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  24. Dear Melissa - yes, he pretty much saw it all as a tot, did our T. Mind you, at he's twenty-one, he's still riding the back of that magic moss. In six weeks time, it will take him to the UK where his vocational journey will begin in earnest. How I will miss him, M. My mother's heart will ache for joy at the fact he's responding to his calling and with grief at his absence. But then again, we know more and more these days about presence in absence and how there really is no distance between us and the ones we love, regardless of where in the world we are? This thought - this knowledge - brings comfort and swings the pendulum from maternal pangs to a surge of jubilation on his behalf. xo

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  25. Catherine - thank you! Braces. The word has inherent strength, don't you think so? More so than 'brackets' which feel a little ambivalent, uncertain re; what their role actually is in a sentence. I'm happy to know you listened to the snippet of the fugue in rehearsal, and enjoyed it. Thanks ++. L, C x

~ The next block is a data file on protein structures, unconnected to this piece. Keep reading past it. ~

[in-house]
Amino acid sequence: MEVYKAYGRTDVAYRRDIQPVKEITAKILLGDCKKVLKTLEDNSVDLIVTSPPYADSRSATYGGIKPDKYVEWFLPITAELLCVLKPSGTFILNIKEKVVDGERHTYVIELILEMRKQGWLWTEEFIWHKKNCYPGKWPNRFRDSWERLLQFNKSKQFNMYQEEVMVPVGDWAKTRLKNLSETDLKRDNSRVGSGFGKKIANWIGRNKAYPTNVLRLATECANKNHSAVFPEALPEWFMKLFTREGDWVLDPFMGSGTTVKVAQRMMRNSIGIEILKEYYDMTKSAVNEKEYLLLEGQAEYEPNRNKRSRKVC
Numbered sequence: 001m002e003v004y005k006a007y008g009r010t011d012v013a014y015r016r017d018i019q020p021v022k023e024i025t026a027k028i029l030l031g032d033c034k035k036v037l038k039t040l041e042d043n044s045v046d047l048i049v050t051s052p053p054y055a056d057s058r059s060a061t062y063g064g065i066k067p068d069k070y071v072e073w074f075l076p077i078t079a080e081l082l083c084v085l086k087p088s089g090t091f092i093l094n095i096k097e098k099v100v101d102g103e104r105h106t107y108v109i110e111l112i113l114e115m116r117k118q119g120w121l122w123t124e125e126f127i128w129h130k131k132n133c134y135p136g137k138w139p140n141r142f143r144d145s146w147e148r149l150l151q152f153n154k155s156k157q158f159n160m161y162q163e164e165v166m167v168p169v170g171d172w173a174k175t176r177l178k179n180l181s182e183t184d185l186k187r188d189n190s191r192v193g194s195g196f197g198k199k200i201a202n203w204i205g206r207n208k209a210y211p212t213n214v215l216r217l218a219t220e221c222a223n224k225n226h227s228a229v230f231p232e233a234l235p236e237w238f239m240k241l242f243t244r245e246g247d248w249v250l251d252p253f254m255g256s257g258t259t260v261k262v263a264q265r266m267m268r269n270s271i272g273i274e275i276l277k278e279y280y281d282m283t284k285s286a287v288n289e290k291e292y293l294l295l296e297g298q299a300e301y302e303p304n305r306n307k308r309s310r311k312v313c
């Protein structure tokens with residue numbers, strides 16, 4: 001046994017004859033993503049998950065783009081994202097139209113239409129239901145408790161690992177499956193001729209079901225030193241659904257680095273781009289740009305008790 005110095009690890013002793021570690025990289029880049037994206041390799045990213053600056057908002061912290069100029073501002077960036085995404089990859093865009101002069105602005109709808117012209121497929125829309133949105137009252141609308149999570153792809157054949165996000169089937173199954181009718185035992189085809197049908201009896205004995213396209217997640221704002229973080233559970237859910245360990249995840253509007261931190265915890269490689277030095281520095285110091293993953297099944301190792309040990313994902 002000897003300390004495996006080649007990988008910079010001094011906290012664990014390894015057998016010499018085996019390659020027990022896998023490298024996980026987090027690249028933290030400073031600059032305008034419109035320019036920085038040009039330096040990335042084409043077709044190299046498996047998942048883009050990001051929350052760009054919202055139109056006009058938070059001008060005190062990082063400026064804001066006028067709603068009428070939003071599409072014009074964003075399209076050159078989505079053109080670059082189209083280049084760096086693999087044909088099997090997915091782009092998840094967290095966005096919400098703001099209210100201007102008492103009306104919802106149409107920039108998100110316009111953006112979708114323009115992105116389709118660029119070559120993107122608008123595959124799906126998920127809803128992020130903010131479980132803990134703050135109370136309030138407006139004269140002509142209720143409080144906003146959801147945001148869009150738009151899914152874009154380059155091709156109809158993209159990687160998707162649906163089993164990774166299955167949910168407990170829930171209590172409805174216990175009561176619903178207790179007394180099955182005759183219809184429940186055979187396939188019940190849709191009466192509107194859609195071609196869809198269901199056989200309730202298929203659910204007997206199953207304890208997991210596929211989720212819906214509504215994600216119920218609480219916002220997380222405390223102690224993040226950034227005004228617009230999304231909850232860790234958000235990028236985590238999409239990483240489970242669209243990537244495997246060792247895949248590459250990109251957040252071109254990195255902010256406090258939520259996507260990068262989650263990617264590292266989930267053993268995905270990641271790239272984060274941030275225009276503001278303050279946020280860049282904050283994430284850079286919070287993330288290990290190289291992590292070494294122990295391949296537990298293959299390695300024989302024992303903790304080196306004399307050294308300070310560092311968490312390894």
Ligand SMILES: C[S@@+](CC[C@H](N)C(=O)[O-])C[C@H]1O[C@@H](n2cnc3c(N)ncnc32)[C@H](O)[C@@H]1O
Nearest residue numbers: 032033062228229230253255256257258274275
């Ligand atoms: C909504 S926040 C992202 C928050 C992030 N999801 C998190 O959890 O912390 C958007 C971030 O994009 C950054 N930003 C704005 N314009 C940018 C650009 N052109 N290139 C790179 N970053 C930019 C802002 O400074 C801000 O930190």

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  26. Dear Mim - a prelude to re-dedication. . . I do like the sound of that. Yes. From what you say, we are in synch. with our sorting. Revel in your reverie, and then. . . all success to you, too, dear Mim. xo

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  27. )O( x n to the power of a thousand (how does one write sums and formulae on here, I wonder?).
    i.e lots and lots of jelly tots to you, dear Rebecca L xo

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  28. Hi Helen - the 'tenacity of moss' is something we might aspire to when the rains come down? And isn't breathing a miracle? I think so. As are our bodies, every last bit of them. Thanks, Helen. ; )